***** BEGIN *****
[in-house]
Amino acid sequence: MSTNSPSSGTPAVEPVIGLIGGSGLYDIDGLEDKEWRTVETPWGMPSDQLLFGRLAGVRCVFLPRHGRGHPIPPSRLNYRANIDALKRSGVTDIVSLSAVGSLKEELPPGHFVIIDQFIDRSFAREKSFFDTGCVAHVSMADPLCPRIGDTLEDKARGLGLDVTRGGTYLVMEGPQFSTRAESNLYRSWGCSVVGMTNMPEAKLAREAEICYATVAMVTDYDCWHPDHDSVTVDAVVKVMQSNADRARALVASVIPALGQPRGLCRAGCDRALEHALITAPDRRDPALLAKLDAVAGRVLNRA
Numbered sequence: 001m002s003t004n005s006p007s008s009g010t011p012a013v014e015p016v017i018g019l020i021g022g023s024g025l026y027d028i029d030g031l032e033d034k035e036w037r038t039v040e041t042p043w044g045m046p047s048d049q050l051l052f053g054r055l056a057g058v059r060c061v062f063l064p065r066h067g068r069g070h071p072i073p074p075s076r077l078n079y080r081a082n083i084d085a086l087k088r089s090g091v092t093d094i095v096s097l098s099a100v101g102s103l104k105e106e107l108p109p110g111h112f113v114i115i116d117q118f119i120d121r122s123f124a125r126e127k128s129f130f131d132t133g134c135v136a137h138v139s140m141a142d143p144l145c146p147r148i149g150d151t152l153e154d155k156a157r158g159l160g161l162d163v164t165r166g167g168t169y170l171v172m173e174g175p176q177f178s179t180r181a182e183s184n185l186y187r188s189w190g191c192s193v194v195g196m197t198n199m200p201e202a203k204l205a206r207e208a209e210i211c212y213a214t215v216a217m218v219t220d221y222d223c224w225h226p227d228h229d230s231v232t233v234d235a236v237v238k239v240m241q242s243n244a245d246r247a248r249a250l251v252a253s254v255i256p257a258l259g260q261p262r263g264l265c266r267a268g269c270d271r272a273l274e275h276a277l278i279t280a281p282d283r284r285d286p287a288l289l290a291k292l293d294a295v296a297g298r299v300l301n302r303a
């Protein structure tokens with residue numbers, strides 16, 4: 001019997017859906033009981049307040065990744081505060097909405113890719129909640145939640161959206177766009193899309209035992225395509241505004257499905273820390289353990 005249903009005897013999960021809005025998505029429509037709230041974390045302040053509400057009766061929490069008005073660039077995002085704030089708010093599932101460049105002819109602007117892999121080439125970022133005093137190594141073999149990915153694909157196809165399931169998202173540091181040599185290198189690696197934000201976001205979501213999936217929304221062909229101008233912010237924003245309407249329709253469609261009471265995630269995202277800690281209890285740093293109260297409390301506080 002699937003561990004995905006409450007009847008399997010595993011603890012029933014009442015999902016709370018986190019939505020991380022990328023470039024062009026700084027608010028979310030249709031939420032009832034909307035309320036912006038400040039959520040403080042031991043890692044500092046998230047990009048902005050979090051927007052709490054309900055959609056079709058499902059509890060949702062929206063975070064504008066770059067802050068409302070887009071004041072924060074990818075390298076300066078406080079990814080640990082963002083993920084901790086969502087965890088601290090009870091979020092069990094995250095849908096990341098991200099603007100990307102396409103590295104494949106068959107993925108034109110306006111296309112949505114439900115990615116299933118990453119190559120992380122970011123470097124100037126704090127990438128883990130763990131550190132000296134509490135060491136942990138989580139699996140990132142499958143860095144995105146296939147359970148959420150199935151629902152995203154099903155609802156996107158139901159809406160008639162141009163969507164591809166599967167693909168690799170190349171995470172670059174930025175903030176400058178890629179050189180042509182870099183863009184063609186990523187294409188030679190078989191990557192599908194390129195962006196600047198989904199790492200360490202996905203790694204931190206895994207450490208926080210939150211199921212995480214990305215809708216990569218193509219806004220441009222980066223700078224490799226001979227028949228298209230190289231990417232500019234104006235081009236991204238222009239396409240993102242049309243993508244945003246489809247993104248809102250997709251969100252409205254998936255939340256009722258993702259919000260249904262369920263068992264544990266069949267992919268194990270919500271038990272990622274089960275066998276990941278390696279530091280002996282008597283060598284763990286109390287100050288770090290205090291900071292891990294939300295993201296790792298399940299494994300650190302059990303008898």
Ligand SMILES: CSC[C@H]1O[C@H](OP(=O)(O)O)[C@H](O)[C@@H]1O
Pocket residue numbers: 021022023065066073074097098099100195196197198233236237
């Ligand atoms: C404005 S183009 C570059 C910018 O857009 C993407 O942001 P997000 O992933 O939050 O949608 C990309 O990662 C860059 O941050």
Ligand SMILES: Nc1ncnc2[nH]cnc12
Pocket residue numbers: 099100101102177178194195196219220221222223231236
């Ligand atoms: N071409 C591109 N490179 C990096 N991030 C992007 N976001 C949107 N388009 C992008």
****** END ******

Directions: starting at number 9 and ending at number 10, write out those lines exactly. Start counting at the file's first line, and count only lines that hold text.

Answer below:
Pocket residue numbers: 099100101102177178194195196219220221222223231236
């Ligand atoms: N071409 C591109 N490179 C990096 N991030 C992007 N976001 C949107 N388009 C992008």